How to search ArrayExpress
This section describes how to search ArrayExpress for experiments of interest and how to interpret the output.
ArrayExpress can be searched using any keyword (for example RNAi or breast cancer). Search terms consisting of more than one word must be entered inside double quotes, for example "prostate cancer", otherwise the two words will be treated as independent and the search run for the two words separately (in this case 'prostate' AND 'cancer' instead of "prostate cancer"), possibly resulting in an exceedingly long list of search results.
Alternatively, you can start your search by selecting the 'Experiments' option. This will display all the experiments. You will be able to refine your search after this first step (Figure 3).
Browse experiments -The output view
The entire content of the ArrayExpress is now shown (Figure 4). A list of all the experiments is presented ordered by release date; the most recently released experiment is at the top of the list. You can sort the results by clicking on any of the column headings. For example, if you want to sort by species, just click on the 'Organism' column header.
Refine your search
Once you have a list of all the experiments present in ArrayExpress, you can add terms to the search box to refine your search and retrieve only experiments of interest (Figure 5).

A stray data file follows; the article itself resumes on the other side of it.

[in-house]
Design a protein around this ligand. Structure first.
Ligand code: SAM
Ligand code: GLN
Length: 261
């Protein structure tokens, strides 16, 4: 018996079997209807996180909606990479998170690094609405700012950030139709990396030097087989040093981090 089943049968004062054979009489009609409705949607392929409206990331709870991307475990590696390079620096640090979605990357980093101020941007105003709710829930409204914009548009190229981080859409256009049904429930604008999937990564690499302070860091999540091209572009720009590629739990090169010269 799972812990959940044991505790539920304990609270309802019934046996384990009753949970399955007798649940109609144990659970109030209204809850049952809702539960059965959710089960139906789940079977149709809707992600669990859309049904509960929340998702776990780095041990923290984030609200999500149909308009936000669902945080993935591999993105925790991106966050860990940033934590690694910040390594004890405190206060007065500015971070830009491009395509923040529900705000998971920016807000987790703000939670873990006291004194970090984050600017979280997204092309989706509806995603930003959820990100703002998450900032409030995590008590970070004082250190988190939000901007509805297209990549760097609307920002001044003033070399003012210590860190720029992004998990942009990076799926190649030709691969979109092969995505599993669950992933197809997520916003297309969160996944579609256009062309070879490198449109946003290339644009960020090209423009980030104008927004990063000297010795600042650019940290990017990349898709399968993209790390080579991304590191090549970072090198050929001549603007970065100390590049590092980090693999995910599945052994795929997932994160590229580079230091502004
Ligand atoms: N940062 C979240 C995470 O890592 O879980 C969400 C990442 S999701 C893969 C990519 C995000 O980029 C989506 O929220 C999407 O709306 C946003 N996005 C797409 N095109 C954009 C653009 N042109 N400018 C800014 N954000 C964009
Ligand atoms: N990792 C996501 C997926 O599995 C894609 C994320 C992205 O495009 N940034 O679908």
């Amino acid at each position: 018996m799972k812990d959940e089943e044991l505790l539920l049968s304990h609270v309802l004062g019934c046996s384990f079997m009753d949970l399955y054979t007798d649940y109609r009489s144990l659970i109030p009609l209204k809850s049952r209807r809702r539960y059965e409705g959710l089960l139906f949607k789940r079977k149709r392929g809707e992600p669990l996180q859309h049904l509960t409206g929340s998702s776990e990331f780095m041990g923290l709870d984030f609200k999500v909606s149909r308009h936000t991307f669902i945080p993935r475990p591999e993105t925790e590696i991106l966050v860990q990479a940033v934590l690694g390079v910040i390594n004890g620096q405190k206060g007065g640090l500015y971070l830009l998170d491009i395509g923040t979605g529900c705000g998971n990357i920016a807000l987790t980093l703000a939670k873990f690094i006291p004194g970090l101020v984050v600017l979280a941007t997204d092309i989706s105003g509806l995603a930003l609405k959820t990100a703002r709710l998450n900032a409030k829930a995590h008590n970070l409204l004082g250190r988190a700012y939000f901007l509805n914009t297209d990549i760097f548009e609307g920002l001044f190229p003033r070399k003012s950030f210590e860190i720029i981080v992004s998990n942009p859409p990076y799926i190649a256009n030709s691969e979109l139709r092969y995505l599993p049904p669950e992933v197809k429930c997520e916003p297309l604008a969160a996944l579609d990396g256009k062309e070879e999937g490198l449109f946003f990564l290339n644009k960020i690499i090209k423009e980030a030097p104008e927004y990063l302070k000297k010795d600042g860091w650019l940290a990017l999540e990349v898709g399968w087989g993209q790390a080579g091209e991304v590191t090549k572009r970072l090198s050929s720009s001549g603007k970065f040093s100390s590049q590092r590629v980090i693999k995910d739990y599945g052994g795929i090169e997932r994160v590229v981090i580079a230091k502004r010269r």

Results from your refined search are now displayed (Figure 6). By reading the experiment titles you might identify a particularly interesting experiment and wish to find out more about it. All the information available for an experiment can be easily accessed by clicking on the accession number.
The experiment page
Let's find more detailed information on experiment E-MEXP-862 (Figure 7). The expanded view provides useful links to information such as data files and sample annotation.
Let's continue exploring the sample information (A in Figure 7) for experiment E-MEXP-862.
This view (Figure 8) provides information on sample characteristics and experimental factors that are fundamental to understanding the results obtained in the experiment. Generally, each row corresponds to a sample and columns include sample characteristics and their relationship to the resulting data files. This provides a quick view over the structure of the experiment and the biological questions that the submitters addressed.